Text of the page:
Author: Song LZ//Schwartz GE//Russek LG
Affiliation: Department of Microbiology and Immunology, Wonkwang University School of Medicine, Chonbuk, Republic of Korea
Conference/Journal: Altern Ther Health Med
Date published: 1998
Other: Volume ID: 24 , Pages: 44-52, 54-60, 62 , Word Count: 198
Many relaxation, meditation, and imagery techniques that implicitly or explicitly involve focused attention on the body, including qigong, massage, and noncontact therapeutic touch, purportedly employ energetic and physiological mechanisms.
OBJECTIVE: To show that, from a perspective of dynamical energy systems, relaxed self-attention enhances connectivity between the brain and body. This enhanced connectivity may be achieved by at least 2 mechanisms: (1) physiological mechanisms employing peripheral negative feedback loops, and (2) bioelectromagnetic mechanisms involving direct energetic resonance between the peripheral organ and the brain. DESIGN: 19 channels of electroencephalogram, 1 electrocardiogram, and 2 channels of electro-oculogram were recorded from 22 subjects who focused their attention on their heartbeats or eye movements, with and without kinesthetic (touch) biofeedback to increase somatic awareness.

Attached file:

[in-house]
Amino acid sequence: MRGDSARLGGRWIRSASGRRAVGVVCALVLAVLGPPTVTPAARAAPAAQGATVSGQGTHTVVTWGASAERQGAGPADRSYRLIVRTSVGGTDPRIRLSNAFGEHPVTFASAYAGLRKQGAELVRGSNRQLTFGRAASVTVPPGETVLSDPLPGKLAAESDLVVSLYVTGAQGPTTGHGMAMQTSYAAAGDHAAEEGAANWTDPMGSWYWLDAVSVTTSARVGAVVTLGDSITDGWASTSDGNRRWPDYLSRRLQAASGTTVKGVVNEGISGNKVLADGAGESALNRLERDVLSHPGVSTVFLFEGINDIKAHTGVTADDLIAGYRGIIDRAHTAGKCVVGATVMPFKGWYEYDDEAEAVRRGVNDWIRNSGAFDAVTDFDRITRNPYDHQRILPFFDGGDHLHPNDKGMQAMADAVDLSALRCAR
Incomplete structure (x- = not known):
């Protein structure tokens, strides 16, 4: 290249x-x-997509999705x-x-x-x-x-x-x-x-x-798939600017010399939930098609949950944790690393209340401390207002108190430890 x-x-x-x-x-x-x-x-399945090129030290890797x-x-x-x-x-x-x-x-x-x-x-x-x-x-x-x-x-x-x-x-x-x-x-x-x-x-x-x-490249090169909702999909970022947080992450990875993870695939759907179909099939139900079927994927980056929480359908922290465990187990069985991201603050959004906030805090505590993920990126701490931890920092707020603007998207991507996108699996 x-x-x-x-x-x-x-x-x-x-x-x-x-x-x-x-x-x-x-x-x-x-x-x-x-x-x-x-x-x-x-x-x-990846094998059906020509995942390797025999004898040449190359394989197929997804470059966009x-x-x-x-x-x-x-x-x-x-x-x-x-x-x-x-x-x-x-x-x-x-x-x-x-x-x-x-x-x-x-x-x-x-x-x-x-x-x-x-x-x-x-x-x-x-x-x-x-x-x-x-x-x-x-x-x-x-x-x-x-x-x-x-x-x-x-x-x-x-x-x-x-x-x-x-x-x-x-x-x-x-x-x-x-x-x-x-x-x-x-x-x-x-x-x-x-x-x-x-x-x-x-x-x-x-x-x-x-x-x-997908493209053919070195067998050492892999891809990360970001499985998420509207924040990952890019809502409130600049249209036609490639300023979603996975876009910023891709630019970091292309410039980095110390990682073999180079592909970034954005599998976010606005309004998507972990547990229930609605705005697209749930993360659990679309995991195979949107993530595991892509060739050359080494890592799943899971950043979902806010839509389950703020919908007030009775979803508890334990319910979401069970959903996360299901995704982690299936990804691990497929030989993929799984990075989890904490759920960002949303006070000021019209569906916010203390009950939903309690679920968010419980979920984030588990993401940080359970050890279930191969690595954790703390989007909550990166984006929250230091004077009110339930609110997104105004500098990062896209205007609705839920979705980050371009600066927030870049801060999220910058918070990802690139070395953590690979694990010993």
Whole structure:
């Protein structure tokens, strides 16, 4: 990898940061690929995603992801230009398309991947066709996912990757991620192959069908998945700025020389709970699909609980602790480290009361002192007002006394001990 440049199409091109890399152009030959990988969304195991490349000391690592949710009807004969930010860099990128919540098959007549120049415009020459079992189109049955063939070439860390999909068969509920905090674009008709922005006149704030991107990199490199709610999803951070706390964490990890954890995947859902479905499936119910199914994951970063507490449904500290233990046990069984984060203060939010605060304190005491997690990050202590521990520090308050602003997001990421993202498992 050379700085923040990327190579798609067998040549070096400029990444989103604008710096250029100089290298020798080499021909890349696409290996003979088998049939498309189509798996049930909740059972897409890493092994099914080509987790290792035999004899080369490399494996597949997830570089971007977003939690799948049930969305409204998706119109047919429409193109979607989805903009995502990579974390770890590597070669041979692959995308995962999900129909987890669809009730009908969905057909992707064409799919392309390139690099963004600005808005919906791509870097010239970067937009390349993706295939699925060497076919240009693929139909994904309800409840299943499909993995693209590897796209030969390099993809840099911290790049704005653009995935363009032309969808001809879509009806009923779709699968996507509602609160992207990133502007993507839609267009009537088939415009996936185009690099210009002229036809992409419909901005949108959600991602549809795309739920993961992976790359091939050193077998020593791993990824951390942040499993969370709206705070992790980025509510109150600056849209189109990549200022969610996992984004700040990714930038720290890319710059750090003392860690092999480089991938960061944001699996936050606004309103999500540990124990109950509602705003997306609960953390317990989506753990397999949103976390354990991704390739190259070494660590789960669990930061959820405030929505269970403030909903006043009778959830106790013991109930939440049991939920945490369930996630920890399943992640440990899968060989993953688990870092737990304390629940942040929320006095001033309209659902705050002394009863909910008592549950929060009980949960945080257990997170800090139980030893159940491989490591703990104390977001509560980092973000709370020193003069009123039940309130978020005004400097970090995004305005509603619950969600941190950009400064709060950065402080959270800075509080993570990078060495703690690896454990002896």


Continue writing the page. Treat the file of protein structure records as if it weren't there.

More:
RESULTS: Analyses of the electroencephalogram synchronized with the electrocardiogram revealed significant effects for heart-focused attention, primarily with touch biofeedback, following the contraction of the ventricles (possibly reflecting increased baroreceptor and somatosensory feedback); and significant effects for heart-focused attention, with and without touch biofeedback, preceding the contraction of the ventricles (possibly reflecting direct electromagnetic interactions between the heart and the brain).
CONCLUSIONS: These findings suggest that energetic and physiological mechanisms may be involved in techniques in which the goal is to promote mind-body integration and health.